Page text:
Step 1. Prepare the List of Metrics
The table below presents the metrics, or engineering specifications, that will be used by the team to design against.
|1.2||Tilt Resistance Variability||3||Weight of riders(kg)|
|1.3||Angle of Lockout||1||Tilt degree|
|2.1 - 2.2||Pedal Resistance||9||Newton meters|
|3.1 - 3.2||Instruction Sheet Quality||1-3||Time to Confident Use|
|4.1||Difference Between Actual and Measured Angle on Tilt Sensor||3||Degree|
The metrics, or engineering specifications, that you created in the preceding list should be directly related to the customer needs. In other words, if you have created an engineering specification, it should have some relationship to a need imposed by the customer or the marketplace. Use the table below to map your customer needs against the metrics (or engineering specifications). In many design and product development circles, the rows along the left is often referred to as the voice of the customer, while the columns across the top are often referred to as the voice of the engineer.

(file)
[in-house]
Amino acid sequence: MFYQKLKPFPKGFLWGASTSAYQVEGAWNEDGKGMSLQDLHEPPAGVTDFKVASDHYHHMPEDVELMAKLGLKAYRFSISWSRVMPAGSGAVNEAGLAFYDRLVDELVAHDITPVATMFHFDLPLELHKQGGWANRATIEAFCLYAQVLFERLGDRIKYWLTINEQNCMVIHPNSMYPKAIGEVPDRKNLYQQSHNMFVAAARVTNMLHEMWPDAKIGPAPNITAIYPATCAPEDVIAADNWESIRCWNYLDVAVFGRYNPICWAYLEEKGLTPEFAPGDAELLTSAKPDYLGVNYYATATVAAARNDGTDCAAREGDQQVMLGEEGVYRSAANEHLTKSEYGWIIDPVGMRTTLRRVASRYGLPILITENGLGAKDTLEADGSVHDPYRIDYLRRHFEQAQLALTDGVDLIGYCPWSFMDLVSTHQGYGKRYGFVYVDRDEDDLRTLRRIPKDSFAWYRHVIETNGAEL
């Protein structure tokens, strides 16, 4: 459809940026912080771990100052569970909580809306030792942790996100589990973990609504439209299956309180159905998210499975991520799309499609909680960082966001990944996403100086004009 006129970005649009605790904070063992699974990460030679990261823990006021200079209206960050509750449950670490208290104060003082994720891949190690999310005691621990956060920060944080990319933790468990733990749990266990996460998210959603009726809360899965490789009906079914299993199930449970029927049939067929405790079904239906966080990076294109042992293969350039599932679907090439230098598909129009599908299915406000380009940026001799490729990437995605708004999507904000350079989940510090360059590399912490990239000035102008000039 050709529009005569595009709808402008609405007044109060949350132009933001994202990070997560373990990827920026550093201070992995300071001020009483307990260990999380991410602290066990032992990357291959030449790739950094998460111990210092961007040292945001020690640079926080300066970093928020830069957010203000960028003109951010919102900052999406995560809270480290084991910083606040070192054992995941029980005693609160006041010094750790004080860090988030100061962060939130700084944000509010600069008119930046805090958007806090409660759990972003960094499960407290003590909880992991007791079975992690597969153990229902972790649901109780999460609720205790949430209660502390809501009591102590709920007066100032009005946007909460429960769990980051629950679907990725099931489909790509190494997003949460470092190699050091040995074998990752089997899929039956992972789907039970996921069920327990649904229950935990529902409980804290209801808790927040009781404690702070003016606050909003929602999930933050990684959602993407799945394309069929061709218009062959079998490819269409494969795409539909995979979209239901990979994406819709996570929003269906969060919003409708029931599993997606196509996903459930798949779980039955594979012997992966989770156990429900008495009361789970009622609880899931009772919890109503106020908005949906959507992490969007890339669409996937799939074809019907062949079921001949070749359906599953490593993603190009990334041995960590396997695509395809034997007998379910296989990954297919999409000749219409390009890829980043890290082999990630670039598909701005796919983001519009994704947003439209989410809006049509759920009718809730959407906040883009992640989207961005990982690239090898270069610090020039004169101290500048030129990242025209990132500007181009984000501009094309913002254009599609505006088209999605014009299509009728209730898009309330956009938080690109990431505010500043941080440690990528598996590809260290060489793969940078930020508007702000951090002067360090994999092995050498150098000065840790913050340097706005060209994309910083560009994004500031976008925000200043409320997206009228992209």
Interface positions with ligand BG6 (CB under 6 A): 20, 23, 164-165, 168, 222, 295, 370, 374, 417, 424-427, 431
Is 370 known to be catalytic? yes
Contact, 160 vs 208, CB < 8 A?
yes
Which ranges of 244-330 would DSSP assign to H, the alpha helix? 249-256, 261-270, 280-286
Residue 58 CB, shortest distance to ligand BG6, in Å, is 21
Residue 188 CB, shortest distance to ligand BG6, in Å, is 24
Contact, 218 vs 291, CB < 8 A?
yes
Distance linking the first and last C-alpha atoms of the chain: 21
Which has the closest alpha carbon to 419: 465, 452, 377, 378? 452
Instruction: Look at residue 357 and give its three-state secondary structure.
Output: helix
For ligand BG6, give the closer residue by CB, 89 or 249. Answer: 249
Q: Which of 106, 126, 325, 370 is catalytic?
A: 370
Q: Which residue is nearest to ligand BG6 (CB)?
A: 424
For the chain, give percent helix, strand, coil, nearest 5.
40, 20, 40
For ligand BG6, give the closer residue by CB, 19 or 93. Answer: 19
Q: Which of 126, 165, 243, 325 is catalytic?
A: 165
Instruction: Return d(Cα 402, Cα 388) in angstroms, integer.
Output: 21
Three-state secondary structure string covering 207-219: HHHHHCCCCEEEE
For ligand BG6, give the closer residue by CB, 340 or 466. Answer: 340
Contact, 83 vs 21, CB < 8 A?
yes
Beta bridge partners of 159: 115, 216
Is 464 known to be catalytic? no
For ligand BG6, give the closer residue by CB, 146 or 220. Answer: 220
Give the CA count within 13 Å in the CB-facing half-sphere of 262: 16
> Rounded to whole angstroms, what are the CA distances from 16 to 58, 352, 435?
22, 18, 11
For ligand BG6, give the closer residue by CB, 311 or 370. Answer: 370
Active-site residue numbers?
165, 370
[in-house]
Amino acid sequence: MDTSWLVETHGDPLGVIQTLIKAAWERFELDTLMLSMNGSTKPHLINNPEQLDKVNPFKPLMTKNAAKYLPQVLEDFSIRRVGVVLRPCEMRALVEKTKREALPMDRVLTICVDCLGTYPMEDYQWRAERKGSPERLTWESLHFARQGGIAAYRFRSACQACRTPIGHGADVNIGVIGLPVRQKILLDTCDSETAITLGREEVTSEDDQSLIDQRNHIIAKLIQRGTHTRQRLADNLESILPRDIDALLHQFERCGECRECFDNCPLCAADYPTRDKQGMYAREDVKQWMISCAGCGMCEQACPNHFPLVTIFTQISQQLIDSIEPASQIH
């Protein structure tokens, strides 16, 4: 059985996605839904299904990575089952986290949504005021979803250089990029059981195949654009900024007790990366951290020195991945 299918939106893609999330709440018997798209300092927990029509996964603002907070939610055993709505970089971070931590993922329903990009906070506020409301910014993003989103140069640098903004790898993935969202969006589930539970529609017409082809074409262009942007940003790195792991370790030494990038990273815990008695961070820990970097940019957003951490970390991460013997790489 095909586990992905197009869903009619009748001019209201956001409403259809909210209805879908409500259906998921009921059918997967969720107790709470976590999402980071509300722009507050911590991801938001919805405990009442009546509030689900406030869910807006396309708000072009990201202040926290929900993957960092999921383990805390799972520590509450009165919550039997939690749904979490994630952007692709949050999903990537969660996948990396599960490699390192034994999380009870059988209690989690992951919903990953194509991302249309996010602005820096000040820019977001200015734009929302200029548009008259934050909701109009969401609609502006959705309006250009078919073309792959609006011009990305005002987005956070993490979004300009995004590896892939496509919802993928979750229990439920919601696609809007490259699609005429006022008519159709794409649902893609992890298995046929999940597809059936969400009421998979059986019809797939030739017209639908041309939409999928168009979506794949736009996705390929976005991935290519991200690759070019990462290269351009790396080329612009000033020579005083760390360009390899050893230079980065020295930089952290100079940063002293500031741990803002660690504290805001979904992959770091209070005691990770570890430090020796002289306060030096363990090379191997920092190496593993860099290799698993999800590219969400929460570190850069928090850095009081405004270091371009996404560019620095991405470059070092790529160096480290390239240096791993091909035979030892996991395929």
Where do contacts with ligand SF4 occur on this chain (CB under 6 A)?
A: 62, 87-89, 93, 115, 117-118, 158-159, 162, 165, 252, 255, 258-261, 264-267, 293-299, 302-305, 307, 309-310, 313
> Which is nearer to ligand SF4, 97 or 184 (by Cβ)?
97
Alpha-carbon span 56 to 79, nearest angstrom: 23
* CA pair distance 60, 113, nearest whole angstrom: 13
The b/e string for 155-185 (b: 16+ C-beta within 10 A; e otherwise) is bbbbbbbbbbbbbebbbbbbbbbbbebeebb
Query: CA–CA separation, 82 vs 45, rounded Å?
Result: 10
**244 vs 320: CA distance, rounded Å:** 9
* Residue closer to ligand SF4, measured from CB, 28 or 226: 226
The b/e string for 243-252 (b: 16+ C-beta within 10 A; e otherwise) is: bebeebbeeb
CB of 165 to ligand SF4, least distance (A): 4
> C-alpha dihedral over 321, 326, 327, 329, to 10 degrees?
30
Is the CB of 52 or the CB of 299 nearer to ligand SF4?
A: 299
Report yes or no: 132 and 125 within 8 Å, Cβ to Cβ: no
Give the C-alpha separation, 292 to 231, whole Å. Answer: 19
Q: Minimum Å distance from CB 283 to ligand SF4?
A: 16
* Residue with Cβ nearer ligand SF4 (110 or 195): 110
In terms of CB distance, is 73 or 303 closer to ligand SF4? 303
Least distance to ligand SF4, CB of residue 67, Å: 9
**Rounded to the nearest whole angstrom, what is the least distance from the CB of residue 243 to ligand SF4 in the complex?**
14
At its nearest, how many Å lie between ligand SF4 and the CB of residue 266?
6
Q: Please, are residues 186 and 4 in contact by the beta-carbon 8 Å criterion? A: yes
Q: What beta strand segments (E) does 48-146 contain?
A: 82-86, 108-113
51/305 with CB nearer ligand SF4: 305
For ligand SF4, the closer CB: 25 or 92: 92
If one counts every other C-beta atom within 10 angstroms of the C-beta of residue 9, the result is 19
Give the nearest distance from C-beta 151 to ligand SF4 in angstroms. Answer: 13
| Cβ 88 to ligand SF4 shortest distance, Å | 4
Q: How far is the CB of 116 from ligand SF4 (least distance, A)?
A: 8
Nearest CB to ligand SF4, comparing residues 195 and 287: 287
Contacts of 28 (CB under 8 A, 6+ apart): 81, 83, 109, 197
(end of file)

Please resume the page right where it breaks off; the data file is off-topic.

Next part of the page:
Step 2. Collect Competitive Benchmarking Information
- Real Ryder (www.realryder.com)
- Real Ryder is an exercise training bike that fits most of the customers needs. The bike tilts left and right, has a decent display, and varying forms of resistance wanted by the customer. The problems with this design is that there isn't a way to lockout the bike from tilting, the step through on the bike is too high for the customers needs, and there isn't a way to vary the tilt resistance.